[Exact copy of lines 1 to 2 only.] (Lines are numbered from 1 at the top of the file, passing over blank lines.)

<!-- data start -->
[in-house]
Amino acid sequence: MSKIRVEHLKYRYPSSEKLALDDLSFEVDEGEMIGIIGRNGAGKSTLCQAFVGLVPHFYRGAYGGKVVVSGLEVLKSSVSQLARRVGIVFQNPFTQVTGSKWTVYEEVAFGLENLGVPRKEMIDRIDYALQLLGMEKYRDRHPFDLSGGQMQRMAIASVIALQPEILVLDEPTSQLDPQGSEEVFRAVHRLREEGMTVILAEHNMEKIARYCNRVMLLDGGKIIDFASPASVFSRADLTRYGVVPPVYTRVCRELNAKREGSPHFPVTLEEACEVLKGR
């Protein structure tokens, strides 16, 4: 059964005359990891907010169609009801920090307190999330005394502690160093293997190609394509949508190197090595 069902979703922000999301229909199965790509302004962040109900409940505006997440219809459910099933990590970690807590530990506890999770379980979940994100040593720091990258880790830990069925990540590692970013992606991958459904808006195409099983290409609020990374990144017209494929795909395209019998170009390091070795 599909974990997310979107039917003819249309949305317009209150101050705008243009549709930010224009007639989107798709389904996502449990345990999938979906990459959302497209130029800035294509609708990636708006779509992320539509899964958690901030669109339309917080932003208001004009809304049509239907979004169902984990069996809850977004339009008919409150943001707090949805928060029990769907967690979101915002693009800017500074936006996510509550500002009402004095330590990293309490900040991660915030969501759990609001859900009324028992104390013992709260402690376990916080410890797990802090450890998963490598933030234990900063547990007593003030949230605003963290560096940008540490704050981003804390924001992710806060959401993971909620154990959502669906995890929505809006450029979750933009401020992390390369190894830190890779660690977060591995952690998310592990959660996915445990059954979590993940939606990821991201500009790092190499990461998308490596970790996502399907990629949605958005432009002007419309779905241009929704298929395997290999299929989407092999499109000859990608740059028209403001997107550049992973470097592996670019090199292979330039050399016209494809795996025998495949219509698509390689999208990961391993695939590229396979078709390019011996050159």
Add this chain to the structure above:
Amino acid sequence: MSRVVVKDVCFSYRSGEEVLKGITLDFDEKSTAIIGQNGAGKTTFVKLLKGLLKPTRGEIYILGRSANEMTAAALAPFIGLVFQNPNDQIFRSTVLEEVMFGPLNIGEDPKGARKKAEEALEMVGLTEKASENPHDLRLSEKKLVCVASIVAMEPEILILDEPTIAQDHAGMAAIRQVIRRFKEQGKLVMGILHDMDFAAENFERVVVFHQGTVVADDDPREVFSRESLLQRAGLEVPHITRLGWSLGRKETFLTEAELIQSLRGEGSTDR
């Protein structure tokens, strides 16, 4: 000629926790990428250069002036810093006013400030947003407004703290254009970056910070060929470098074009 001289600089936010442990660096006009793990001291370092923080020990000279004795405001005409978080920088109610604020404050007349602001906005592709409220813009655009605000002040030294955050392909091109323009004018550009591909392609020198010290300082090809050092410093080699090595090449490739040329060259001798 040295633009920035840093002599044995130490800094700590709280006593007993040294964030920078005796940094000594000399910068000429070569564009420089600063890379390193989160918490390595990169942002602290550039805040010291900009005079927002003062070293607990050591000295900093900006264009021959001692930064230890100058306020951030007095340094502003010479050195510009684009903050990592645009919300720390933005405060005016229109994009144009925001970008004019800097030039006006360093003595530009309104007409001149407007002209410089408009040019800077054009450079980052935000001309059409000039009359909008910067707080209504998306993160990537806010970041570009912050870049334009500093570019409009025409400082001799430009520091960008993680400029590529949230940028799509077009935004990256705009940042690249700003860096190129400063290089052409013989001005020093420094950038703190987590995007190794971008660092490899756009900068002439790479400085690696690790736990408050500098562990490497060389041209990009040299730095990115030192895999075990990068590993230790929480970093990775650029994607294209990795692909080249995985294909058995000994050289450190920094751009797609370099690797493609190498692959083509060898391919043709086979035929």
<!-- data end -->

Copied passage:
[in-house]
Amino acid sequence: MSKIRVEHLKYRYPSSEKLALDDLSFEVDEGEMIGIIGRNGAGKSTLCQAFVGLVPHFYRGAYGGKVVVSGLEVLKSSVSQLARRVGIVFQNPFTQVTGSKWTVYEEVAFGLENLGVPRKEMIDRIDYALQLLGMEKYRDRHPFDLSGGQMQRMAIASVIALQPEILVLDEPTSQLDPQGSEEVFRAVHRLREEGMTVILAEHNMEKIARYCNRVMLLDGGKIIDFASPASVFSRADLTRYGVVPPVYTRVCRELNAKREGSPHFPVTLEEACEVLKGR